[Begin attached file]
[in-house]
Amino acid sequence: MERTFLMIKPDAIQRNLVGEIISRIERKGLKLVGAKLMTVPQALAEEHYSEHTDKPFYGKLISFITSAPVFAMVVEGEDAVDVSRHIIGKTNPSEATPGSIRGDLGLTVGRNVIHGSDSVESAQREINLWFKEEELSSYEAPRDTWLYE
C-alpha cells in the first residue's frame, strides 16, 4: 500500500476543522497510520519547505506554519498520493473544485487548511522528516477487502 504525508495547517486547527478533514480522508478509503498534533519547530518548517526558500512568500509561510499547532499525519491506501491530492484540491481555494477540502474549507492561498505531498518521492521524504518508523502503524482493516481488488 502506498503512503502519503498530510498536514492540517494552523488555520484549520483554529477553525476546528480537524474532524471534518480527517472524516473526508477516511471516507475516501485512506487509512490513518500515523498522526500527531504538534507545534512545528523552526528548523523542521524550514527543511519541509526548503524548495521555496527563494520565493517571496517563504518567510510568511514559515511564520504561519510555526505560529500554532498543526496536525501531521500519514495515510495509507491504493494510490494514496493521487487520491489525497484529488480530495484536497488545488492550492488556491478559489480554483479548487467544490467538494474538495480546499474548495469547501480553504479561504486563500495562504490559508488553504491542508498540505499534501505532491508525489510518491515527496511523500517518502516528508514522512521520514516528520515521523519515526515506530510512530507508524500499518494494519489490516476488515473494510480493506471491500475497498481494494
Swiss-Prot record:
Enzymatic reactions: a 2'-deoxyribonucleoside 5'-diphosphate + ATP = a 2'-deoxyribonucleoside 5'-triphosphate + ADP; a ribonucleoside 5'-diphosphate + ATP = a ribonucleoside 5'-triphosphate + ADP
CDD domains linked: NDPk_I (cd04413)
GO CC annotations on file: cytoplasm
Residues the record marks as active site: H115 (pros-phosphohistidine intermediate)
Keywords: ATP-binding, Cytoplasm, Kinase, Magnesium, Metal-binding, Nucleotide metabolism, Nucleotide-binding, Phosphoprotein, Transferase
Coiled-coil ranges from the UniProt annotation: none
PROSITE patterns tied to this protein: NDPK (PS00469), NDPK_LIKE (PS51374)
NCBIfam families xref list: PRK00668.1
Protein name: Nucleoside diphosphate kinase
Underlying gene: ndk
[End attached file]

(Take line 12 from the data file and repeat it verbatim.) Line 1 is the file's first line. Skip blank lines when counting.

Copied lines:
NCBIfam families xref list: PRK00668.1